BVI Premier Andrew Fahie
TORTOLA, BVI – BVI Premier Andrew Fahie said last week that his administration was developing an “Invest-and-Stay” program in an effort attract potential investors.
During the announcement, Mr. Fahie said the planned initiative is one that will positively impact the territory through several policies which will be designed to ensure that locals directly benefit from the opportunities provided.
“Your government is well aware that Covid-19 has created a lot of uncertainty about how global tourism will perform in the upcoming year. We know that many of our local tourism stakeholders are also trying to imagine how tourism will work under the New Regular in 2021. Your government has ensured that adequate measures will be implemented to address this concern," he said.
“We are also working out the details for an Invest-and-Stay program to attract persons who would like to invest in specific areas of our economy. They would be allowed to live in the BVI but they will not be afforded the benefits that go with Belongership. However, they will be mandated to employ an agreed number of persons in the BVI based on the size of their investment,” Mr. Fahie said.
Belongership in the BVI is a person deemed to belong to the British territory as defined by the BVI Constitutional Order (The BVI does not have a Constitution). One can obtain belonger status by descent or marriage. One can also obtain belonger status if residency is acquired through immigration. Once residency is obtained, belonger status can be applied for. And once one has obtained belonger status, this person can apply for citizenship.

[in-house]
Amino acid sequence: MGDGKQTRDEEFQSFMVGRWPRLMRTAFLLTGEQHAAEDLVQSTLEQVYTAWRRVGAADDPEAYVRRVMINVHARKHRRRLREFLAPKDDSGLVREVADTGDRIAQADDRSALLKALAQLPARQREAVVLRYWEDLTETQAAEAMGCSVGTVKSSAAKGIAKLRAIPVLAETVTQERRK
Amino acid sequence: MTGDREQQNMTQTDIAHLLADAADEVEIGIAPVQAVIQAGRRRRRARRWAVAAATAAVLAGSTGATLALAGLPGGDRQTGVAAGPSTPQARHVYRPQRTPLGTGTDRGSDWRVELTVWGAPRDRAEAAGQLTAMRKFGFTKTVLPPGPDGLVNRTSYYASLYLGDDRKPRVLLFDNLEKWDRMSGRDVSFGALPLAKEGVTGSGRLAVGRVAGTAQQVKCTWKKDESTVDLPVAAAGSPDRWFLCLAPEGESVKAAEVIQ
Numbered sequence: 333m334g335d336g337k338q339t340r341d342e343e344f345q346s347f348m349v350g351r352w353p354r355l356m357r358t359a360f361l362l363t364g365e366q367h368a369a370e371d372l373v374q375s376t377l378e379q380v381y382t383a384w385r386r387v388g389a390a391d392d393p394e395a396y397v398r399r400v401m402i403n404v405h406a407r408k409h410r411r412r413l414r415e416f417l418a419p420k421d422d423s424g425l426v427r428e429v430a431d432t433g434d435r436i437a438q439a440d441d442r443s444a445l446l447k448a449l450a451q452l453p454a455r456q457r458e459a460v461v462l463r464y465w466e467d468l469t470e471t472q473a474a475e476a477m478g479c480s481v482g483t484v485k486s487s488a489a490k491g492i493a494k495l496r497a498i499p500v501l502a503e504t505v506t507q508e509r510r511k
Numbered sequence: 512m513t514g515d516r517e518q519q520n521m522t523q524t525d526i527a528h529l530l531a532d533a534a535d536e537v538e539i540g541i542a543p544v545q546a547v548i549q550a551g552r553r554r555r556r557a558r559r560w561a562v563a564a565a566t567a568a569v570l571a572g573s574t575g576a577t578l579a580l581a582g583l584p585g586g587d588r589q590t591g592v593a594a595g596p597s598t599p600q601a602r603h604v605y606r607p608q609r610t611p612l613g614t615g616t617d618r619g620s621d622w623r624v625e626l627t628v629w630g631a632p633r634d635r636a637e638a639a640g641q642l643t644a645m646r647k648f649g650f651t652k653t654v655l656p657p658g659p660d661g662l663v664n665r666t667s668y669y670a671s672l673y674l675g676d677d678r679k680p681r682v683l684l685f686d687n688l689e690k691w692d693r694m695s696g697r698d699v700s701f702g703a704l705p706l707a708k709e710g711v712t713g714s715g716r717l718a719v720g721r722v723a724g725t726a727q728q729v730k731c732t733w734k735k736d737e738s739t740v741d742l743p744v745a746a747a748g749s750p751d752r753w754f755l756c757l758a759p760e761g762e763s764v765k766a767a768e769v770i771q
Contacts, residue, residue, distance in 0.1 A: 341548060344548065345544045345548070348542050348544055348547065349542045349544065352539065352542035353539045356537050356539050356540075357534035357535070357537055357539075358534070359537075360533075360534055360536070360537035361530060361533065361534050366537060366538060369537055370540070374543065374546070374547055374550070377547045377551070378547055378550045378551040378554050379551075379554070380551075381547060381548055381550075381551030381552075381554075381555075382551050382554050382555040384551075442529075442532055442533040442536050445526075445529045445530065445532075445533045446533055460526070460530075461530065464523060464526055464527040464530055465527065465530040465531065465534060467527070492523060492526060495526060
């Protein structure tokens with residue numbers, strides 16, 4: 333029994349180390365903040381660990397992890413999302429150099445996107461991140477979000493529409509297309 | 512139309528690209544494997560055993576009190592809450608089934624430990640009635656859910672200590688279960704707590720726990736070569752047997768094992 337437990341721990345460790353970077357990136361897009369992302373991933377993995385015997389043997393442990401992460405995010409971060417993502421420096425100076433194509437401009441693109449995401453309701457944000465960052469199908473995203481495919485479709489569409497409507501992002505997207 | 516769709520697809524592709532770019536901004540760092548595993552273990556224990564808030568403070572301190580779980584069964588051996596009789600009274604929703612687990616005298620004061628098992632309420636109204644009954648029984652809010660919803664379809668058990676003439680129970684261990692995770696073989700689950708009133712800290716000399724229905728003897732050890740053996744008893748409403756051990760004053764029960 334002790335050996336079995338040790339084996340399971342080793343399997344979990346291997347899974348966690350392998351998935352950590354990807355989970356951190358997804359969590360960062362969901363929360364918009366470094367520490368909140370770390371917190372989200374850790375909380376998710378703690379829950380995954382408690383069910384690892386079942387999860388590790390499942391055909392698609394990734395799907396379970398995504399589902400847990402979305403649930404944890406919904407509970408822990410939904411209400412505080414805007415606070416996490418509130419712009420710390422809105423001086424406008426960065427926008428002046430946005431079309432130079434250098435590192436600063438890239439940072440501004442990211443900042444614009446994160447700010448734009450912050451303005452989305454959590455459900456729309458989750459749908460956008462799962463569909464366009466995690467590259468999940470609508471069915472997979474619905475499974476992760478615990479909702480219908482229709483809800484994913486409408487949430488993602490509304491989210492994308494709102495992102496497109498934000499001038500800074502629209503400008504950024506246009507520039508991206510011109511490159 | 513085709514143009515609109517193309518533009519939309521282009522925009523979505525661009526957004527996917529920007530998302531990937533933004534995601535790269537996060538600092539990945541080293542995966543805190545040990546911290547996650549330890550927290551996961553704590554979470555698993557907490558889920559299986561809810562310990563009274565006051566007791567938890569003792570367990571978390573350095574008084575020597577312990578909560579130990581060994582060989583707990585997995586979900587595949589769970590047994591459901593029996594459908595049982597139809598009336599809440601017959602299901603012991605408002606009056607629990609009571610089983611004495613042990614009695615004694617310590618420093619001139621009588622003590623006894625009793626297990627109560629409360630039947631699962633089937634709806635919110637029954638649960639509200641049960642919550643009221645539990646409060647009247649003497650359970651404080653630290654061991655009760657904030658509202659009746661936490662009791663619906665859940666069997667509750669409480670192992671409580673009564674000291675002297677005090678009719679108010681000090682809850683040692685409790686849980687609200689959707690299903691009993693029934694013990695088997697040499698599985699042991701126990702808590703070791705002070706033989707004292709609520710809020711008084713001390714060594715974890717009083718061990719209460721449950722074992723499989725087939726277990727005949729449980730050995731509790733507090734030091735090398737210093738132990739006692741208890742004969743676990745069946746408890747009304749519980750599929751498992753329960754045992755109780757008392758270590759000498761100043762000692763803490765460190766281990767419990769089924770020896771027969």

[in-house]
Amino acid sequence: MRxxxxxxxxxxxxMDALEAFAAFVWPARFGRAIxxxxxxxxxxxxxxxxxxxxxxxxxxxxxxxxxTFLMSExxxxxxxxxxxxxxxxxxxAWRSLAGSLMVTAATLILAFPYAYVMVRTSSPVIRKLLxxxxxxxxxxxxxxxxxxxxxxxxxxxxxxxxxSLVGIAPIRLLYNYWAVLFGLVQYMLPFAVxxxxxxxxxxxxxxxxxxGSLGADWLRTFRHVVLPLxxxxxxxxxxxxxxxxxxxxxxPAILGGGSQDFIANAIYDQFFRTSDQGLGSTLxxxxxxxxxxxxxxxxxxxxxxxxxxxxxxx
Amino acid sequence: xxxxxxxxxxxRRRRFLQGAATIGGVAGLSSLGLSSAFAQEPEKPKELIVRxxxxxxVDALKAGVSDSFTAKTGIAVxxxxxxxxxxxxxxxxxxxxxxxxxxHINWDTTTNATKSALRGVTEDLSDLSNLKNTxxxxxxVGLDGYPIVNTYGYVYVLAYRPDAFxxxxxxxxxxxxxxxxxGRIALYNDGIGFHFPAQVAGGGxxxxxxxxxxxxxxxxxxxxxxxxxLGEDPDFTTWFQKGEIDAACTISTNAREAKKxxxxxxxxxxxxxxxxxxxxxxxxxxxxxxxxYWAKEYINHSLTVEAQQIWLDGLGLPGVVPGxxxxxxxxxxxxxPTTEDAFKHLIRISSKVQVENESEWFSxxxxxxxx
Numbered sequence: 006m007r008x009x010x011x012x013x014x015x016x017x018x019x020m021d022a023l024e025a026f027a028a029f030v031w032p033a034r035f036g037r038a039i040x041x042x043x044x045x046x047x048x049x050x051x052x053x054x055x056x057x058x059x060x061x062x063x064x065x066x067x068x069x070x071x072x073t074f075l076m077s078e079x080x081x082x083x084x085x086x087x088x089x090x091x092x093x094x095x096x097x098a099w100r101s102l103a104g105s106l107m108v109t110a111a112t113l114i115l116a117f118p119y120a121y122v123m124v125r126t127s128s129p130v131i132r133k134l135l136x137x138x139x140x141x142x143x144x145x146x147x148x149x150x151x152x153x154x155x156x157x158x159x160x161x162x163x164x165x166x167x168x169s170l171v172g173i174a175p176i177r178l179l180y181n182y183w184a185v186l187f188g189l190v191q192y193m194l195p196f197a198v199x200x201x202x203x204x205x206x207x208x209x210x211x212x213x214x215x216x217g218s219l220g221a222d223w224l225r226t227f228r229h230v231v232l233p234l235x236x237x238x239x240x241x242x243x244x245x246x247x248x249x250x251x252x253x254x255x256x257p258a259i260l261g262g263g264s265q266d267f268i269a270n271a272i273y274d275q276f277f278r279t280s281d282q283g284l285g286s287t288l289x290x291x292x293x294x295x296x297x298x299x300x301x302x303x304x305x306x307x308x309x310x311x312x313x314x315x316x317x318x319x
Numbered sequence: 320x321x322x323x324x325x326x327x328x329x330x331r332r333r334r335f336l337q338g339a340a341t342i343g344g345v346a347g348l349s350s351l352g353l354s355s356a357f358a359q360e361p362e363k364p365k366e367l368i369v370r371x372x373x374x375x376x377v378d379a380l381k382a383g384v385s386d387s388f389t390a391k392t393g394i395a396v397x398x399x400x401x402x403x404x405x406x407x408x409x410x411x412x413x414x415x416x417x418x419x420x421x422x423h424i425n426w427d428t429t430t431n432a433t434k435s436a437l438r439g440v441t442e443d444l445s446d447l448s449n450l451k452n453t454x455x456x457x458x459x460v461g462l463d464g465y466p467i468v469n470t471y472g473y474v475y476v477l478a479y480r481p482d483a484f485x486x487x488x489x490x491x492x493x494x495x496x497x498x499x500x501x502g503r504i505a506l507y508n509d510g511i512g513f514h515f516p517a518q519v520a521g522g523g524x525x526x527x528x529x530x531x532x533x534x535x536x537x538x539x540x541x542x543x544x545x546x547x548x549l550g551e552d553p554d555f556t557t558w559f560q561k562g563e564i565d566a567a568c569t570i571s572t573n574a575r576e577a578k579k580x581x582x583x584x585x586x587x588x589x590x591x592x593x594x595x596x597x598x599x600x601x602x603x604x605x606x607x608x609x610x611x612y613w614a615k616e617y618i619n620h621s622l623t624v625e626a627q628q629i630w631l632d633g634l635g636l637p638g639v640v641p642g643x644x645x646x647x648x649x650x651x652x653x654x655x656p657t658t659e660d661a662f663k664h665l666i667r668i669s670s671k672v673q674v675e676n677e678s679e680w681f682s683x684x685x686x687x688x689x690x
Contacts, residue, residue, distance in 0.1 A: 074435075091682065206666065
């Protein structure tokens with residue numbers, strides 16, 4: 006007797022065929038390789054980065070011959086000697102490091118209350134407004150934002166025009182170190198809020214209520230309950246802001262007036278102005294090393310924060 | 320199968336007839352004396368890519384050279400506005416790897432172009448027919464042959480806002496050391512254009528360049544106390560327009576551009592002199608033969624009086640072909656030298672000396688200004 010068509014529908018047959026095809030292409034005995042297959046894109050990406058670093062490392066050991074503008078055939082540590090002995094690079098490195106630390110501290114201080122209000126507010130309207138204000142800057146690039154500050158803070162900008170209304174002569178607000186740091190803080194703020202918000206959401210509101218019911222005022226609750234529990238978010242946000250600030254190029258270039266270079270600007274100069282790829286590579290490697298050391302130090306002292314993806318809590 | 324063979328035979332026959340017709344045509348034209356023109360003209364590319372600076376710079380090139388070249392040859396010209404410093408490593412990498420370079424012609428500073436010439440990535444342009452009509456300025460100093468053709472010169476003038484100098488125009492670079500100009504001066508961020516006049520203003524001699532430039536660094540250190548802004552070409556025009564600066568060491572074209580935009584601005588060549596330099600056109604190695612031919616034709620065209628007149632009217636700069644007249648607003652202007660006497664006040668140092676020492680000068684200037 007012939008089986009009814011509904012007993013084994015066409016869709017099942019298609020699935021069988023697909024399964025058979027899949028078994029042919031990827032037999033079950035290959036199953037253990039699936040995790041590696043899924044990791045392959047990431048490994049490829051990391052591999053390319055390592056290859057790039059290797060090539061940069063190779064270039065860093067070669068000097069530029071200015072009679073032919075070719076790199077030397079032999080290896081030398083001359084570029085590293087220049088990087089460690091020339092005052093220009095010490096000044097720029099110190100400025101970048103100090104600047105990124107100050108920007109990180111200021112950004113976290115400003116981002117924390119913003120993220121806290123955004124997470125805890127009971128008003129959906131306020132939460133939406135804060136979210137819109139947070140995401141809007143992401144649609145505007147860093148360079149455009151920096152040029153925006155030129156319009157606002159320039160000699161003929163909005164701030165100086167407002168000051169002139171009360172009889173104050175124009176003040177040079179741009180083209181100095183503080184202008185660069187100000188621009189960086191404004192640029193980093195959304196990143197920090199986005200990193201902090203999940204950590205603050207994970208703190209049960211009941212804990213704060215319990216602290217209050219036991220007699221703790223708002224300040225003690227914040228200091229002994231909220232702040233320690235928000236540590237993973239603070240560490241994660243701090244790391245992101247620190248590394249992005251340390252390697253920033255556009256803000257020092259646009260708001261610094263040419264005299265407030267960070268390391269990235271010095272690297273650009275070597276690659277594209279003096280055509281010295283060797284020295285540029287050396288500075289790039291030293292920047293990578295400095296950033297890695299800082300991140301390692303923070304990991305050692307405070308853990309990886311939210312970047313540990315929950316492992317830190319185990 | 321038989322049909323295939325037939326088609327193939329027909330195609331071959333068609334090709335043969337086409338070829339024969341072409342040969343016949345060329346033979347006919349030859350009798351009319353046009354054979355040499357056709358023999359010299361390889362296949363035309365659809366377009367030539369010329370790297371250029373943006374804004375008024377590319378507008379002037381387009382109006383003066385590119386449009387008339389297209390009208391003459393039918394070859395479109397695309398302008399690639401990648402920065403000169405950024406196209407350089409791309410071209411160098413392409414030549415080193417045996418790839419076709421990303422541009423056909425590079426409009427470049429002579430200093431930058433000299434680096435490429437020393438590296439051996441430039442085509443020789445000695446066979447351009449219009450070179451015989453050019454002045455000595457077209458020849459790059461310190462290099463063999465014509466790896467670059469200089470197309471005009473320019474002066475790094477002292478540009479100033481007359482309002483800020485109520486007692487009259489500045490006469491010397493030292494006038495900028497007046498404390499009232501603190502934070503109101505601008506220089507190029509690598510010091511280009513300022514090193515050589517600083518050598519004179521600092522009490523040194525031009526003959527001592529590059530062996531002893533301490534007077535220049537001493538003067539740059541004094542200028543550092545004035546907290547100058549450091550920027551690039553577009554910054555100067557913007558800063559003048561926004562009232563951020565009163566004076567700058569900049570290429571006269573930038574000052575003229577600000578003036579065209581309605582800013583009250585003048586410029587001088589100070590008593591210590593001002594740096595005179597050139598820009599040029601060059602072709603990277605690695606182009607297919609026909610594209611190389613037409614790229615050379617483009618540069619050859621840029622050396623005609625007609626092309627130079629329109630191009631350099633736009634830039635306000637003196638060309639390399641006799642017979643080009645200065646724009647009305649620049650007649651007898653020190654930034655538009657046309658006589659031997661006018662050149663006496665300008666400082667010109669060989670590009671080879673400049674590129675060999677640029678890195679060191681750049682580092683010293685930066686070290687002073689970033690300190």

Relative to the Invest-and-Stay program, which will allows persons to stay in the territory for an extended period of time, Mr. Fahie said his administration was in the process of developing the terms and conditions of the initiative. The program was recently announced by Immigration & Labour Minister Vincent Wheatley during a recent radio broadcast.
According to the premier, the main target group are persons who are able to perform remote-working for jobs in their home countries.
“So, these individuals will not be competing in the local job market, but at the same time they would be renting accommodations, patronizing our businesses, enjoying what the BVI tourist experience has to offer and contributing to economic activity,” he said.